To people like Anthony Roisman, who was chief hazardous waste litigator at the Justice Department under President Carter, Reagan's antiregulatory zeal is a problem, not a blessing. Roisman has been highly critical of what he sees as pro-industry shifts in environmental policies. But he said the fault lies not with the Environmental Protection Agency, but with the Office of Management and Budget, which must review all regulatory changes and additional paperwork burdens.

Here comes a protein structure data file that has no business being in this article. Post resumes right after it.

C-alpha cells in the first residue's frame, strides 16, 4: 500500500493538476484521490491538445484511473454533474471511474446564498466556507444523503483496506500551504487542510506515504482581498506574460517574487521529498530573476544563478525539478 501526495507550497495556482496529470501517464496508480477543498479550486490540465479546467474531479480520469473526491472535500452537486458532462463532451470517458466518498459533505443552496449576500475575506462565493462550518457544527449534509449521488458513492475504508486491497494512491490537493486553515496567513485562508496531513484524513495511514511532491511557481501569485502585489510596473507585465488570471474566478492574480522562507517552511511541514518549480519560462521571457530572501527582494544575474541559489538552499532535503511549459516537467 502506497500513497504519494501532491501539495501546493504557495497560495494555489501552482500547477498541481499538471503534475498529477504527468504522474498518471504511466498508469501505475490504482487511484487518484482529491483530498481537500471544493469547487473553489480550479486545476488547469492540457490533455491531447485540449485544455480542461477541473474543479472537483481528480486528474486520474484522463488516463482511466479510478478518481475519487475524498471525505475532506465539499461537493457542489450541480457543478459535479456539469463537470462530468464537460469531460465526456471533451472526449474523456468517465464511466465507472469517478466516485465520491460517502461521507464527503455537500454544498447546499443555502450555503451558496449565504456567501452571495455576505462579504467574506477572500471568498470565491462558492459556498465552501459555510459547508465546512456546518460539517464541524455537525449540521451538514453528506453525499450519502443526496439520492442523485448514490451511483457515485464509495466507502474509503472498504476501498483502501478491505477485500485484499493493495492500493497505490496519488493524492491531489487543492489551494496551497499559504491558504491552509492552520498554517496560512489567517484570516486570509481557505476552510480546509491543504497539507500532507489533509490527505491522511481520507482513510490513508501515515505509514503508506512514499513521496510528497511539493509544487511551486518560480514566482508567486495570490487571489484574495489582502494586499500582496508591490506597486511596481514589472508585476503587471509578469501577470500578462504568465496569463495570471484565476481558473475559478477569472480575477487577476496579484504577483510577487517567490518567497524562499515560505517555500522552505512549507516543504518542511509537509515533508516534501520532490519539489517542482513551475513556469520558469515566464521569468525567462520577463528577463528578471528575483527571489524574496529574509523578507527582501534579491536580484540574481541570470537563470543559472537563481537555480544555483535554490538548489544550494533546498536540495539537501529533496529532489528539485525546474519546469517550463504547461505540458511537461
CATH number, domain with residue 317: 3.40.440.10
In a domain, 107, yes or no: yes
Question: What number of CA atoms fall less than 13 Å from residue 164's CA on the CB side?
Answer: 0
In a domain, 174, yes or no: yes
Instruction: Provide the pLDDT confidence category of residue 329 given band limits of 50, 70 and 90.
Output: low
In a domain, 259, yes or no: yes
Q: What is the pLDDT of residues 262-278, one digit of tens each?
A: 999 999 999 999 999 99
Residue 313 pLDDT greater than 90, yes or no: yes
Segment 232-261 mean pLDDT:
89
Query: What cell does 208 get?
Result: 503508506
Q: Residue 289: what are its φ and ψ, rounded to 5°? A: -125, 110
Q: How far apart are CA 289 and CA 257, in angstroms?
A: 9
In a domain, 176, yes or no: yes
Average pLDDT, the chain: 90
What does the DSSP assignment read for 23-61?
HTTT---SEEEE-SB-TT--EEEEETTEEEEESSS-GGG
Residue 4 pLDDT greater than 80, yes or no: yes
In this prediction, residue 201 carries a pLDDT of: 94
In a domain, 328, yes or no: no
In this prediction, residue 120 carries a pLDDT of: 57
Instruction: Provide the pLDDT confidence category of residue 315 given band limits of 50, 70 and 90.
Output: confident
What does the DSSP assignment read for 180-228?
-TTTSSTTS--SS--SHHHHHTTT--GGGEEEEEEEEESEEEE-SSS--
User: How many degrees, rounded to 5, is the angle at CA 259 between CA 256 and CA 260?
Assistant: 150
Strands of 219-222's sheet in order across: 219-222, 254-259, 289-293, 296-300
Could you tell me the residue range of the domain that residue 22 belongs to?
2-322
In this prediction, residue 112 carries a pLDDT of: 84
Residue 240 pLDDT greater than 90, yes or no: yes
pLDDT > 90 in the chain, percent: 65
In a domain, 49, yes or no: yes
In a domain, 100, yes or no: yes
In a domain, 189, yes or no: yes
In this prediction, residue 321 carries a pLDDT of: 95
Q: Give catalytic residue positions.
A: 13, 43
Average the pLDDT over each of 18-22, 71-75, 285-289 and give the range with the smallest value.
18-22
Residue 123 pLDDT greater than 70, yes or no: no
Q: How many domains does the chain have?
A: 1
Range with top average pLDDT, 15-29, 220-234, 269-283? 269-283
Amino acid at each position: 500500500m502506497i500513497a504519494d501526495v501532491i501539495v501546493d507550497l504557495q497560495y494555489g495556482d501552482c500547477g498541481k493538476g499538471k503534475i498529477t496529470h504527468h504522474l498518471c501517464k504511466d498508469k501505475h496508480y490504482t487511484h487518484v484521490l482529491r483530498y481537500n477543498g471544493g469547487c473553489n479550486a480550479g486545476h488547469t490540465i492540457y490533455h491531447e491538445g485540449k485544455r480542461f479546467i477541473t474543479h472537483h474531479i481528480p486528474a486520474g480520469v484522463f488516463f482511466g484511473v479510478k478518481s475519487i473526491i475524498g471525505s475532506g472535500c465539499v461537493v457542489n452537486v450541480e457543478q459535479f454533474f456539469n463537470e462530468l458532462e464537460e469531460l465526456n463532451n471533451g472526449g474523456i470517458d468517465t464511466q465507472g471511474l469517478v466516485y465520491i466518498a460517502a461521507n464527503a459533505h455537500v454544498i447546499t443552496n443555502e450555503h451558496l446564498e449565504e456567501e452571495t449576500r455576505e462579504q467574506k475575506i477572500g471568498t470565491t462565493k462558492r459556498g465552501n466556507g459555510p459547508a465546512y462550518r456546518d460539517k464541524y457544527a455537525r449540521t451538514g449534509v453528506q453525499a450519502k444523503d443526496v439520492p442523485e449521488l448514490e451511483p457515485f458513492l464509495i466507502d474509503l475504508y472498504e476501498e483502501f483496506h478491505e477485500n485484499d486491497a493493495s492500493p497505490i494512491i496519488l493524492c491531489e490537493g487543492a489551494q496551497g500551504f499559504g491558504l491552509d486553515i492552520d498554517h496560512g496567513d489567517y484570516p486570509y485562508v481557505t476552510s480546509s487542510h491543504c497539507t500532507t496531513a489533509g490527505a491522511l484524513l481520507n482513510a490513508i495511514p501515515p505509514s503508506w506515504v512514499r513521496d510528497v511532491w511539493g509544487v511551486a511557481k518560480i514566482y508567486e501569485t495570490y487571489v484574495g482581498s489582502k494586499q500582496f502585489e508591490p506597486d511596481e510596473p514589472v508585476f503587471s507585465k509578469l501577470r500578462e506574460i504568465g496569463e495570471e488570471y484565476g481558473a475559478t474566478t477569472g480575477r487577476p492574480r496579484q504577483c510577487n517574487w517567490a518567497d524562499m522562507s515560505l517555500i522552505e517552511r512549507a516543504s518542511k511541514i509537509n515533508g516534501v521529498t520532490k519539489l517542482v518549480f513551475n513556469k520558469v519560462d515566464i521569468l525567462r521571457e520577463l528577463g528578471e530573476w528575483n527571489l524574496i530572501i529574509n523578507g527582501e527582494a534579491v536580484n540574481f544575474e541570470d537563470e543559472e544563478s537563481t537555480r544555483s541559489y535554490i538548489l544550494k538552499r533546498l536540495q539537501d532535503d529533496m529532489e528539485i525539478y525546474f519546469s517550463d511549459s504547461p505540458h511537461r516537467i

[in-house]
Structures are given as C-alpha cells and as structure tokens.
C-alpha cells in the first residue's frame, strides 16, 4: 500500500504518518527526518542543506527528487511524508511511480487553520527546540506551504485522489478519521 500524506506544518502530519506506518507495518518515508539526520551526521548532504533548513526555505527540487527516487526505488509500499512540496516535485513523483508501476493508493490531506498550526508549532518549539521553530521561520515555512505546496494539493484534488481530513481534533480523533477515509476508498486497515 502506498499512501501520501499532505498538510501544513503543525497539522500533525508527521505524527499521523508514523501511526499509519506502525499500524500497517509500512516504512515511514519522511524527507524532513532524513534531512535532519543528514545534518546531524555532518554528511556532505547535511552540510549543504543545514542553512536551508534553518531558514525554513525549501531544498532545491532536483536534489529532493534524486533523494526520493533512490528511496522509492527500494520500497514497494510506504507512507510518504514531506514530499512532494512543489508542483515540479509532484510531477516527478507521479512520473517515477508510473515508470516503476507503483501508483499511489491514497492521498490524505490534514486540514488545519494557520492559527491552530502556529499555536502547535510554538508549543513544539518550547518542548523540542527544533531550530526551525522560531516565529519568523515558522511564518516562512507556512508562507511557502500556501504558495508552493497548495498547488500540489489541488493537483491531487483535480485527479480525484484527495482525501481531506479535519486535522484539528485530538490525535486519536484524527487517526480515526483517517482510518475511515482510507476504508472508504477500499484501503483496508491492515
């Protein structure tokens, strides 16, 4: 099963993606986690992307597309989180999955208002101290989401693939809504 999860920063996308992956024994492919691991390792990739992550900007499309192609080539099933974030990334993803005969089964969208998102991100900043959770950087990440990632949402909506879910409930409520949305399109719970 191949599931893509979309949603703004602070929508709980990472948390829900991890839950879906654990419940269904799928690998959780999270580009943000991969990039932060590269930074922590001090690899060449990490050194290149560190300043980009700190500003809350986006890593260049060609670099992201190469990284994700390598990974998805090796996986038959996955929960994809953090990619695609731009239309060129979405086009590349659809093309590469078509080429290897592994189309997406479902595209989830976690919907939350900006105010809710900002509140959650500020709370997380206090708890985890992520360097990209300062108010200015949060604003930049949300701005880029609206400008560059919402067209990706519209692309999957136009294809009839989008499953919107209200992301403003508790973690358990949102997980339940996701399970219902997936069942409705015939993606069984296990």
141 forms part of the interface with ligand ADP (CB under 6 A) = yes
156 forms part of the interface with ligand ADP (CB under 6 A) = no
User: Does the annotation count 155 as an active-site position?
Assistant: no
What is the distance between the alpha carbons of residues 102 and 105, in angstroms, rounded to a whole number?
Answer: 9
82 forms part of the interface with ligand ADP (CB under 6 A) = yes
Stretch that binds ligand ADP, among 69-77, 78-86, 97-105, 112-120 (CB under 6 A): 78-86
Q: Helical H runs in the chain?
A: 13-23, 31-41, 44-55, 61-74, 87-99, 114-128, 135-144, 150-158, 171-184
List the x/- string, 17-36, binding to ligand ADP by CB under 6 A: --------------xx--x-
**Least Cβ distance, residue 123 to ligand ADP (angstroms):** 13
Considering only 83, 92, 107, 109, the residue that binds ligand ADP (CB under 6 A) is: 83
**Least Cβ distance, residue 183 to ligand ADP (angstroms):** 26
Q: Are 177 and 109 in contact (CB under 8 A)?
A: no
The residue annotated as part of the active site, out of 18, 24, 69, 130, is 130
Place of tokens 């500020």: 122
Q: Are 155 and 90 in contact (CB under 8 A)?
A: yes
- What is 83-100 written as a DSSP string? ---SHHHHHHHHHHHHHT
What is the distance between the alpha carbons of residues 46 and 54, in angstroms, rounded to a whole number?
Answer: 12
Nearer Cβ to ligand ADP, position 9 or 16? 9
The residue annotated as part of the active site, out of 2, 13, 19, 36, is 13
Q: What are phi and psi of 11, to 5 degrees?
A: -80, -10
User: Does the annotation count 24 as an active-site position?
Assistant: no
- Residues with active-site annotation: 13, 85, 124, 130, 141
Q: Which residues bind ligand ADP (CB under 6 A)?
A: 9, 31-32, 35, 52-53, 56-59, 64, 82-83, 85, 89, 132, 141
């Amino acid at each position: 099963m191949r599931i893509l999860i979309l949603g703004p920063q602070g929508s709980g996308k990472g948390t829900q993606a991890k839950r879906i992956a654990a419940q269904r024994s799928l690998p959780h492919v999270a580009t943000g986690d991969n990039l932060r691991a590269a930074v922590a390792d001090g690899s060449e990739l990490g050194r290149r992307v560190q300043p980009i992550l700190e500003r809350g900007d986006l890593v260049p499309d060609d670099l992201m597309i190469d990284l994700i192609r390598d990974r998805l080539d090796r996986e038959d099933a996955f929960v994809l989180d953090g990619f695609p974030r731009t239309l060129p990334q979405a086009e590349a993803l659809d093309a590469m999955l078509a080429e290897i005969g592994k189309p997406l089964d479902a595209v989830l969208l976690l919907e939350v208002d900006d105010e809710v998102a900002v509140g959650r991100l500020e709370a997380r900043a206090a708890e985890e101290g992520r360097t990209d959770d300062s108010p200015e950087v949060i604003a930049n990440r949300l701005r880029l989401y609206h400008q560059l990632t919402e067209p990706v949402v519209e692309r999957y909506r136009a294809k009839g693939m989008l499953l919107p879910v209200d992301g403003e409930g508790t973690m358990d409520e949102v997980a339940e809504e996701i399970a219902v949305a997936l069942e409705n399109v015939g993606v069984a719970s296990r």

Among the EPA changes that have run smack into the OMB roadblock are the proposed standards for high-level radioactive waste disposal, the asbestos school inspection program and the ground water monitoring program. OMB would like the proposal for high-level radioactive waste disposal standards weakened on the grounds that EPA dramatically overestimated the benefits, underestimated the costs to industry, and set the risk level unreasonably low. OMB has questioned whether the federal government should be requiring asbestos inspection of schools, traditionally a local concern. And OMB rejected EPA's ground water monitoring plan, declaring that EPA failed to justify the additional costs and paperwork the plan would impose on industries and state and local governments. The monitoring is supposed to help EPA detect contamination of ground water near hazardous waste disposal facilities. OMB will reconsider the issue if EPA provides more supporting data.